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Posts Tagged ‘Christmas magic’

For the last 59 years, children all over the world have listened to NORAD’s Santa Tracker on Christmas Eve to make sure he’s on his way to their house.  I know that as a child I listened to it.  We had one of those huge old radios made of wood with gold colored knobs on it and a big half circle dial that lit up when the radio was on.  My dad would listen to the radio until late every night when he came home from work.  On Christmas Eve, as we were bouncing off the walls with excitement, he would call us over and turn the dial and we would hear that eerie crackle-static-hum-buzz as the station tuned to the report of where Santa was at that moment.  We would hush and listen intently and when told we had to go to bed before Santa could come, we knew he was on his way and off to bed we went.

This morning, a friend posted a link on Facebook (thanks, Kris) that lead me to a story of how NORAD’s Santa Tracker got started.  As I read the article, I fought a losing battle with my tears.  This time of year makes me teary anyway but when I read about the man that started it all and how it was actually an accident that it even started, I couldn’t help it.  It seemed like magic to me and, afterall, isn’t that what Christmas is about–magic?!

According to the article, it started with a typo in a Sears store ad in which Santa invited children to call him day or night.  The ad listed the wrong phone number.  The number that was listed rang a special phone which sat on the desk of Col. Harry Shoup, the commander of the Continental Air Defense Command (now known as NORAD).  It was a special hotline phone that only two people knew the number to, Col. Shoup and a 4 star general at the Pentagon.  It was December of 1955–in the middle of the Cold War–and the special phone on Col. Shoup’s desk was a hotline to inform of an air attack on the United States.  Imagine the panic and then the irritation when the hotline rang one day and Col. Shoup answered to hear the voice of a child asking if he was Santa!  Shoup was outraged when he heard the child, thinking it was a joke, then he realized that the little boy was crying and that the call was real so he changed his tone and pretended to be Santa for the little boy then asked to talk to the boy’s mother who told Shoup how they got the number.  Sure enough, as Shoup looked up the Sears ad, the hotline phone kept ringing with tiny voices of children all over the United States, wanting to talk to Santa.  Shoup got two of his men and assigned them to answer the calls and pretend to be Santa.  It became a joke within Shoup’s men and one day, when Shoup walked in to the air command center where there was a huge glass board that tracked every airplane that came into American and Canadian air space, he saw that someone had drawn a sleigh with eight reindeer coming over the North Pole.  The men offered to take the drawing down but the Colonel looked at it for a few minutes then called the radio station and identified himself as the commander at the Air Alert Center and reported that there was an unidentified flying object that looked like a sleigh.  The radio stations ran with it and began to call the command center every hour for a report of where Santa was.  And that’s how it started.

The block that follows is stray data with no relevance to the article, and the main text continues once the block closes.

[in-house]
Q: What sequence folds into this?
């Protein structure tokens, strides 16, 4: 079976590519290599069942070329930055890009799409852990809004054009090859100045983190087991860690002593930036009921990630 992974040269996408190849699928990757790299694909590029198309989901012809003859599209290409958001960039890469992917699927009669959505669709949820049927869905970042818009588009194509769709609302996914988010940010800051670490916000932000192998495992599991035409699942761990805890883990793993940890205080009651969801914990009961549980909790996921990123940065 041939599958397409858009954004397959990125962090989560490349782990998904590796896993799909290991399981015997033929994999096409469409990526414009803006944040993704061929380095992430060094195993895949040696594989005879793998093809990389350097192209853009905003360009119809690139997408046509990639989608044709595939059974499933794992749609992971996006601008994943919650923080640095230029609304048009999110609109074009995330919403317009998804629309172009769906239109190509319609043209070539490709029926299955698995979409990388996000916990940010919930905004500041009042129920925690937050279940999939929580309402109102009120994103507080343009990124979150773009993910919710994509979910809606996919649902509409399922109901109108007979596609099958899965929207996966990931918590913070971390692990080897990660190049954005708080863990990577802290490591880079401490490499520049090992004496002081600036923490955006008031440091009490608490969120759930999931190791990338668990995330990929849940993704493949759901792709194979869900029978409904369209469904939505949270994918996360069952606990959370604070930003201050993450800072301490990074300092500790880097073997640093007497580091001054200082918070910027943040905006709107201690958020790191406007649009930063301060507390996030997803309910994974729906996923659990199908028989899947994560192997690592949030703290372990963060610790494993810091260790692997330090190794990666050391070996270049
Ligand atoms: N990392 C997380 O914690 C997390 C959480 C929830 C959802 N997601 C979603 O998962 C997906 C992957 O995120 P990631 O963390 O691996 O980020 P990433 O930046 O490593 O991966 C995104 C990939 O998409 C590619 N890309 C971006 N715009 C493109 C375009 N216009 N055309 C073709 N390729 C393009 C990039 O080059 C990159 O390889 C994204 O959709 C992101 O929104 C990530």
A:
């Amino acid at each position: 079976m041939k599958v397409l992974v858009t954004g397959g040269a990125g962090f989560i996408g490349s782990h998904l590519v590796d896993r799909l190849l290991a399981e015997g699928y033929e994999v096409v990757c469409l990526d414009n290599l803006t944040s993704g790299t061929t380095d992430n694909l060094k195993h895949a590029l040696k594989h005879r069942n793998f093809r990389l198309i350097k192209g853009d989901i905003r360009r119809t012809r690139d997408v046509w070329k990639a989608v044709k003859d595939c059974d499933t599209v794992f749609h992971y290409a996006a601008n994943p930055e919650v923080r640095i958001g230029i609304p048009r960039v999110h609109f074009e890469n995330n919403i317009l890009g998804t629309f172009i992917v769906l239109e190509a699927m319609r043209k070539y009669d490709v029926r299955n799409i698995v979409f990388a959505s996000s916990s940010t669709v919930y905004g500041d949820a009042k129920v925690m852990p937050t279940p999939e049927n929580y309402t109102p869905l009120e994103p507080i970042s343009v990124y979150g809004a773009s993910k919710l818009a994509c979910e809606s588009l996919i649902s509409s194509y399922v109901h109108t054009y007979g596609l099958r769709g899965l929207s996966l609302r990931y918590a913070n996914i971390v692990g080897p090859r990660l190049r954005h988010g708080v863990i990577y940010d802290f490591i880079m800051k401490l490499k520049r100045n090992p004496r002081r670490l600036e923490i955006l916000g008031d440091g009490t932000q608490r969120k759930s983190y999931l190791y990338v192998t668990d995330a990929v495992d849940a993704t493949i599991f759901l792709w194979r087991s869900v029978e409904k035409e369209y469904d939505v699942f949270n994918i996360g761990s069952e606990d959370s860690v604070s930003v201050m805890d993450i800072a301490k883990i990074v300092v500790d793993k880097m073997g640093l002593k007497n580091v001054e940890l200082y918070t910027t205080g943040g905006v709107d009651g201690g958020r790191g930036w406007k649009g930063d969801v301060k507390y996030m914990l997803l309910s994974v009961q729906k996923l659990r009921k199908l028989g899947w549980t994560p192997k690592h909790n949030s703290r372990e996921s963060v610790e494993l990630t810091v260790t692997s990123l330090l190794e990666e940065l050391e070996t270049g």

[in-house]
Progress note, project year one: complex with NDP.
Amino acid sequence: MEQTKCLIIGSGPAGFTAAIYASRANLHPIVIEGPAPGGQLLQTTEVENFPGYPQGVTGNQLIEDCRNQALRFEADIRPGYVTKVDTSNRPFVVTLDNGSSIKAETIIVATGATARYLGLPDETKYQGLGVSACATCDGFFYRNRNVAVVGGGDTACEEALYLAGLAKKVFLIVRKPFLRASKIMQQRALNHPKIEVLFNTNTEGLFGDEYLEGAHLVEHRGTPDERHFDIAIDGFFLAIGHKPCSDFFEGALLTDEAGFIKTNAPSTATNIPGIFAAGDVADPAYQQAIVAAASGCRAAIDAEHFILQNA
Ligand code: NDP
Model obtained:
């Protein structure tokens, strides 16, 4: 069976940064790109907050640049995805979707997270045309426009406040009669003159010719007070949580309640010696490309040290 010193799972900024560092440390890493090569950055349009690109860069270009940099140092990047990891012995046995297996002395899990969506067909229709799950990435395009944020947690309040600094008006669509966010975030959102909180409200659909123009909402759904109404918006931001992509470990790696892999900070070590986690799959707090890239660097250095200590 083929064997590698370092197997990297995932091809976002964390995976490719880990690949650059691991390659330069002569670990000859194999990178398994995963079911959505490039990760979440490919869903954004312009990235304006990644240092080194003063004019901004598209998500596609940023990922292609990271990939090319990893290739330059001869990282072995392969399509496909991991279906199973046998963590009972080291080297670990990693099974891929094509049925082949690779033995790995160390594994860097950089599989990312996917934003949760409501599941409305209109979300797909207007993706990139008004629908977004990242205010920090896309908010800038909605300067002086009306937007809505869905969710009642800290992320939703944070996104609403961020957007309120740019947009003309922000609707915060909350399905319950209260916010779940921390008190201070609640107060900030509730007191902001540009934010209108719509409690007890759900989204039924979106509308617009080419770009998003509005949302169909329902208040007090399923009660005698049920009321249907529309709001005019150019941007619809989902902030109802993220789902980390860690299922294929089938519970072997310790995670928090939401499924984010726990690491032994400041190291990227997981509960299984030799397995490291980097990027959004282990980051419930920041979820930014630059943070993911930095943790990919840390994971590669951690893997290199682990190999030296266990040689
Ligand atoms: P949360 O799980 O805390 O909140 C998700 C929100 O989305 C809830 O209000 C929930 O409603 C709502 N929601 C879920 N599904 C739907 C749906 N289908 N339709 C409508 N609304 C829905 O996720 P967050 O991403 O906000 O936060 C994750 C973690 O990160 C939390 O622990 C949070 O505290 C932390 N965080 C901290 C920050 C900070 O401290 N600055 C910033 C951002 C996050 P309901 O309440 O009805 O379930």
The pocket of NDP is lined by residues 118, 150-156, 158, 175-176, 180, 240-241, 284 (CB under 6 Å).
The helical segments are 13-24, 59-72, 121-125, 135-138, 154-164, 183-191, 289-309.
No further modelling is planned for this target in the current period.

Be sure to go read the article I linked to above.  The story is told by Col. Shoup’s three adult children.  They go on to tell of how Col. Shoup began to get letters from all over the world thanking him for creating the Santa Tracker.  He was so proud of those letters that he carried them around in a locked briefcase.

I once had a little taste of how it feels to be Santa for just a little while so I can imagine how Col. Shoup felt being able to bring the magic of Christmas and Santa to children around the world.  It’s a pretty special feeling…a magical feeling!

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